Saturday, May 28, 2016

They All Ate and Were Satisfied

By Jan Rombouts (Metropolitan 
Museum of Art, [1]) [Public domain],
 via Wikimedia Commons

By Melanie Rigney

(Melchizedek) blessed Abram with these words: Blessed be Abram by God Most High, the creator of heaven and earth; and blessed be God Most High, who delivered your foes into your hand.” (Genesis 14:19-20)

You are a priest forever, in the line of Melchizedek. (Psalm 110:4b)

For as often as you eat this bread and drink the cup, you proclaim the death of the Lord until he comes. (1 Corinthians 11:26)

Then taking the five loaves and the two fish, and looking up to heaven, (Jesus) said the blessing over them, broke them, and gave them to the disciples to set before the crowd. They all ate and were satisfied. (Luke 9:16-17)

We proclaim Your death, O Lord, and profess Your resurrection until You come again.

It was the first time I’d ever hosted a home Mass, and there were more people than we expected.

I’d been back at this Catholic thing for about a year and a half, and at the end of an eight-week session for those considering a similar return to the faith, I was privileged to host a home Mass for the dozen or so people who had attended the sessions.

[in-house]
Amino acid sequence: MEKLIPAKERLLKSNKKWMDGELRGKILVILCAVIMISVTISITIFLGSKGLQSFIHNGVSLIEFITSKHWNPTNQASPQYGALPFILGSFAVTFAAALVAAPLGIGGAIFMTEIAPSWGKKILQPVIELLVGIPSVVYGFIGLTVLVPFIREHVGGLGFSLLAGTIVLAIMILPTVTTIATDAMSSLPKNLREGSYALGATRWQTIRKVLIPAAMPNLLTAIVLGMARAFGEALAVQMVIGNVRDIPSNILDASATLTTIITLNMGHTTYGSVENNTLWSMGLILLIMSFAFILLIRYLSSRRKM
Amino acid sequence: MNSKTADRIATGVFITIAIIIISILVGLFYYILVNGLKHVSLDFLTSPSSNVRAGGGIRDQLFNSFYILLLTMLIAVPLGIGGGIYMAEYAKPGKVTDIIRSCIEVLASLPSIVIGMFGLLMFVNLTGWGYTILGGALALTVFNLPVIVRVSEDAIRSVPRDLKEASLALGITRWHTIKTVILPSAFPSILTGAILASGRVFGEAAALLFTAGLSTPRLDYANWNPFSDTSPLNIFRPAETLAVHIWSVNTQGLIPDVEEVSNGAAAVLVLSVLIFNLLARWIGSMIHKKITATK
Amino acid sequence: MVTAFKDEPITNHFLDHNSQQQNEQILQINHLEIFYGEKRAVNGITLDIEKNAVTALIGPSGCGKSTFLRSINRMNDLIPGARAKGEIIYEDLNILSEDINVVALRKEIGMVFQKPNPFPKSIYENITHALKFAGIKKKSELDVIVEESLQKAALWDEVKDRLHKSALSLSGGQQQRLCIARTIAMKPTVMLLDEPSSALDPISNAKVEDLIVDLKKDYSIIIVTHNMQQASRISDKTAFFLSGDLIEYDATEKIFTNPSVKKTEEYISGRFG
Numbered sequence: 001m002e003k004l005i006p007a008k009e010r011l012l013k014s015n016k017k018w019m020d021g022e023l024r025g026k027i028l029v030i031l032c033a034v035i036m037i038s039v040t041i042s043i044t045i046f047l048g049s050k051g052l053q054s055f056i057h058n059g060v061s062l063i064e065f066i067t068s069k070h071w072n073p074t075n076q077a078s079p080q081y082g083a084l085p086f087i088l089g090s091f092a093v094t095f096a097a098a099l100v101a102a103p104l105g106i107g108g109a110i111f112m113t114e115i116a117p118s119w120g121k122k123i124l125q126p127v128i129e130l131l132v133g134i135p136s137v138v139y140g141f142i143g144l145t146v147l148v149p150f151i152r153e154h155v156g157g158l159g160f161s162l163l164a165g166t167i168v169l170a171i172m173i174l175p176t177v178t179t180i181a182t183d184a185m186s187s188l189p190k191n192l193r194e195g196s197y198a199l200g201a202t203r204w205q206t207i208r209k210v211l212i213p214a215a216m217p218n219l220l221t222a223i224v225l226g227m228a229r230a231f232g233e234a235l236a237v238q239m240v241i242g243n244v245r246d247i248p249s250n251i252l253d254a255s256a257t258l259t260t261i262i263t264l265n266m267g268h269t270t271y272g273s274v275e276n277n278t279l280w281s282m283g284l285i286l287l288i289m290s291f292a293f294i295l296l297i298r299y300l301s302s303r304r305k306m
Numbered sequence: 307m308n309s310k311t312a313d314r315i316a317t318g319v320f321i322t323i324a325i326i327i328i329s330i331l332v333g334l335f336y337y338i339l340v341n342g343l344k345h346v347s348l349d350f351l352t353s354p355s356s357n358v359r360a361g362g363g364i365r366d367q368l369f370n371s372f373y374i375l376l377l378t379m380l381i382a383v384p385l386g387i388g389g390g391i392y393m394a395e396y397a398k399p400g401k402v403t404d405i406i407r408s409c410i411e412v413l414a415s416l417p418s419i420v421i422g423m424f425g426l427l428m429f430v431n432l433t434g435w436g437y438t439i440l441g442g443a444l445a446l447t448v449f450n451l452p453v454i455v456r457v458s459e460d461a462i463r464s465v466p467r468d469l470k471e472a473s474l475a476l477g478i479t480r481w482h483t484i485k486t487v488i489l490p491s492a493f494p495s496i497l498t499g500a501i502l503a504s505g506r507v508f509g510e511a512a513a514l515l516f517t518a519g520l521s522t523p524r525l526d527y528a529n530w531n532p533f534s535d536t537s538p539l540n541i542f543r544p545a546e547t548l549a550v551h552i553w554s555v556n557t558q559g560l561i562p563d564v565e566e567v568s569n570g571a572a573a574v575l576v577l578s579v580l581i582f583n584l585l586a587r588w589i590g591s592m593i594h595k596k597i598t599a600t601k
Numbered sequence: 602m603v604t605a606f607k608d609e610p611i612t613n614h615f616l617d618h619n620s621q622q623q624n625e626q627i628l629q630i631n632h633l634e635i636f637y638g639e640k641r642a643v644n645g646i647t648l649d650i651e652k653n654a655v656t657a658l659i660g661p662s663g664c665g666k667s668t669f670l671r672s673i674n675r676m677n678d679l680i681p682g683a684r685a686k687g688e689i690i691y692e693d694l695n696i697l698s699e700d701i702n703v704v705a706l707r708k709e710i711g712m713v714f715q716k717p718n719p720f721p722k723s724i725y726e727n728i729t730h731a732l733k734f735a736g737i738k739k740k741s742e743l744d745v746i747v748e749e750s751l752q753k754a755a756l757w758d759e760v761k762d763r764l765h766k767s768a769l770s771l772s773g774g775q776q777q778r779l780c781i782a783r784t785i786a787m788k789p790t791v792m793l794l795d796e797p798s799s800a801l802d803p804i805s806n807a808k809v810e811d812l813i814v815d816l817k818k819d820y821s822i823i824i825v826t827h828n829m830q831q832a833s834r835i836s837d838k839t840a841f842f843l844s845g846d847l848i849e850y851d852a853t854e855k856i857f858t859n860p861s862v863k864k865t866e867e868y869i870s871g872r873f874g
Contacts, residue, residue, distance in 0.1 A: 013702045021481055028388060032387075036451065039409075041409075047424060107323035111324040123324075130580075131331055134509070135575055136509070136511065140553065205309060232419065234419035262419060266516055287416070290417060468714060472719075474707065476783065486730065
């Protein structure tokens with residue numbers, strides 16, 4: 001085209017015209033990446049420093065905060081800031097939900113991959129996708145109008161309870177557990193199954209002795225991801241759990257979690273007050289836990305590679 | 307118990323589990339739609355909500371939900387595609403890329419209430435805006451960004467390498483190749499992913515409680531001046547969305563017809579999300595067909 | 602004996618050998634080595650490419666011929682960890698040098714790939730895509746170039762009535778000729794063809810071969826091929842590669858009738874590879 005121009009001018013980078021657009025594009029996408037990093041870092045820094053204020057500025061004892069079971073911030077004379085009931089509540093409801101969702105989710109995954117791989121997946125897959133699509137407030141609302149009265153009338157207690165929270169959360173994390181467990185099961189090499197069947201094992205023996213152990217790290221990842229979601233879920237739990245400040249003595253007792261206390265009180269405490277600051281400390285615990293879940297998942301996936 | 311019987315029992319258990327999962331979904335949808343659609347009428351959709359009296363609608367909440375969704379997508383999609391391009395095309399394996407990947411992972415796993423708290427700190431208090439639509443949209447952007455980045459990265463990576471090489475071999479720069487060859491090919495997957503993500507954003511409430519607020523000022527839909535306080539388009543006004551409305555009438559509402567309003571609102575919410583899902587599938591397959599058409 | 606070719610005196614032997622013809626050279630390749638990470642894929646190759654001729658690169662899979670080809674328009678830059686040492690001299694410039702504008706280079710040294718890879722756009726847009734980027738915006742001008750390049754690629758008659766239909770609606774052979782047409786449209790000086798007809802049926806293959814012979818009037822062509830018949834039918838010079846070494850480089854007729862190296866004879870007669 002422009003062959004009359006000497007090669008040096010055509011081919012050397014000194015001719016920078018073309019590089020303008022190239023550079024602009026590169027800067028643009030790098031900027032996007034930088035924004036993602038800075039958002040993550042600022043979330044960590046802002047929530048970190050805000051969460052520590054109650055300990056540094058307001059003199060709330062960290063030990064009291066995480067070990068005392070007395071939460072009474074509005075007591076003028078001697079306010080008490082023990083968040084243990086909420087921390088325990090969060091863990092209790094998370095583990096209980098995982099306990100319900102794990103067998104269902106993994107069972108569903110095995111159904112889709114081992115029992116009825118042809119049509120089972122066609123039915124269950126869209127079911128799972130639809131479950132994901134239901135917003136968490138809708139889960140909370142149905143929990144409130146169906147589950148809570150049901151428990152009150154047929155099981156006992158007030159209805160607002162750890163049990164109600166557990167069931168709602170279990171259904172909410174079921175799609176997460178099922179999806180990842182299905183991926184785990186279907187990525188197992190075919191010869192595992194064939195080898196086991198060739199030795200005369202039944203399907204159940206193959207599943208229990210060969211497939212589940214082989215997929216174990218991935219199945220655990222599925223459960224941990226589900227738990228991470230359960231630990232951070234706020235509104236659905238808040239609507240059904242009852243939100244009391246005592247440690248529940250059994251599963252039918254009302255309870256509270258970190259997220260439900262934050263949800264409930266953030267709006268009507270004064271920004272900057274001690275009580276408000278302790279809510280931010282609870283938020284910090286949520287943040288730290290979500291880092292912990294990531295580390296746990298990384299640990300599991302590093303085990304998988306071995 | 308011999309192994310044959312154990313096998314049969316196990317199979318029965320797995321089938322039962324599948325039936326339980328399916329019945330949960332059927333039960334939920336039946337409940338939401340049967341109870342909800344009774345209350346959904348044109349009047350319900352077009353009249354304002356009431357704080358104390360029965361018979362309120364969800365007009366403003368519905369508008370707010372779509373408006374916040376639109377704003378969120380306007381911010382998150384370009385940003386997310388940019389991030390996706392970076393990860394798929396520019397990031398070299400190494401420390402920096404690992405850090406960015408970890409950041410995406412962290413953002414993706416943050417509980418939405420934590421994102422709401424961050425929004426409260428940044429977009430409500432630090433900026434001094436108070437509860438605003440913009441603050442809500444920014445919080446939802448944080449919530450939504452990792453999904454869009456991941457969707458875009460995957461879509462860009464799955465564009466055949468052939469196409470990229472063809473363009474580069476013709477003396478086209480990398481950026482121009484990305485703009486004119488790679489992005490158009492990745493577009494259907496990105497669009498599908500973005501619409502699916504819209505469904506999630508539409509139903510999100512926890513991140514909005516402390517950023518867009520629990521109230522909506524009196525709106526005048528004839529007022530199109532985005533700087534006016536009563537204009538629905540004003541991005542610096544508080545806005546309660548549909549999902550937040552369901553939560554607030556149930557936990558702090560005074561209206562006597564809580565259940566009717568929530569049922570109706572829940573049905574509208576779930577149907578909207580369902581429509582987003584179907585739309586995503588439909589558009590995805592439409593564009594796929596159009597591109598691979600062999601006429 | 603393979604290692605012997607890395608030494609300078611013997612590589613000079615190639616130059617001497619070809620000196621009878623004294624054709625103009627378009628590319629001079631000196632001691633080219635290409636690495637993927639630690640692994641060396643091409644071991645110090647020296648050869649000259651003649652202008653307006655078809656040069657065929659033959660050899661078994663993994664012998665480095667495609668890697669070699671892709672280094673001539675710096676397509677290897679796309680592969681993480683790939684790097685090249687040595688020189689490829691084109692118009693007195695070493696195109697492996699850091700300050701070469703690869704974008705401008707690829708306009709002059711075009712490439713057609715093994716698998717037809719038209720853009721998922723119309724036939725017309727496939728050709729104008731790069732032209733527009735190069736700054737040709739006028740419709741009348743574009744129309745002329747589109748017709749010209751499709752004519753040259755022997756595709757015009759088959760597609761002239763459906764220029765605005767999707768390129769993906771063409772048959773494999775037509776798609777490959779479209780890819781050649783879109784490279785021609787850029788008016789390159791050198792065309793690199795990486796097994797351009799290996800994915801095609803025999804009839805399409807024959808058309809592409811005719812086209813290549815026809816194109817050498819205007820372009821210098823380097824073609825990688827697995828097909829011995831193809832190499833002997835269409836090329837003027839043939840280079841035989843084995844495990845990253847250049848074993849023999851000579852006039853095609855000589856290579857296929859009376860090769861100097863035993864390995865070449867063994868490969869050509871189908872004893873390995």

Except we ended up with more like two dozen.

One woman brought her parents and two siblings, who were visiting from out of state. Someone else brought her husband and three children. Others brought friends or significant others. In any event, there were enough chairs and plenty of food. But I had forgotten to tell the celebrant.

He didn’t seem concerned, just looked at the group and said, “Nice crowd.”

I made sure I was first in line when Communion came and crossed my hands over my chest. Since he was also my confessor and I’d received the Sacrament of Penance and Reconciliation a few days before, he looked at me with a cocked eyebrow.

“I don’t think you’ve got enough,” I said in what I hoped was a whisper.

“We’re fine,” he said in a stage whisper.

“I don’t think so,” I hissed.

He stopped and laughed, and then said, loud enough for everyone to hear, “Don’t worry. I’ve done this before.”

What else could I do but take a piece of host and pray he was right?

And of course, he was. There was exactly enough.

I think of that incident and the apostles at the miracle of the loaves and fishes. They could eyeball a crowd. They knew five loaves and two fishes couldn’t feed five thousand men, not to mention the women and children.

Except it did—with food to spare.

The incident taught me never to doubt an experienced priest when it comes to Holy Communion. I pray it also taught me never to doubt the Lord’s ability to satisfy our true needs… with food to spare.

Identify a situation where you’re not quite ready to let the Lord do His thing. Pray for the faith to have confidence that He’s got it covered. Pray for the faith to let go of the control you believe you have.

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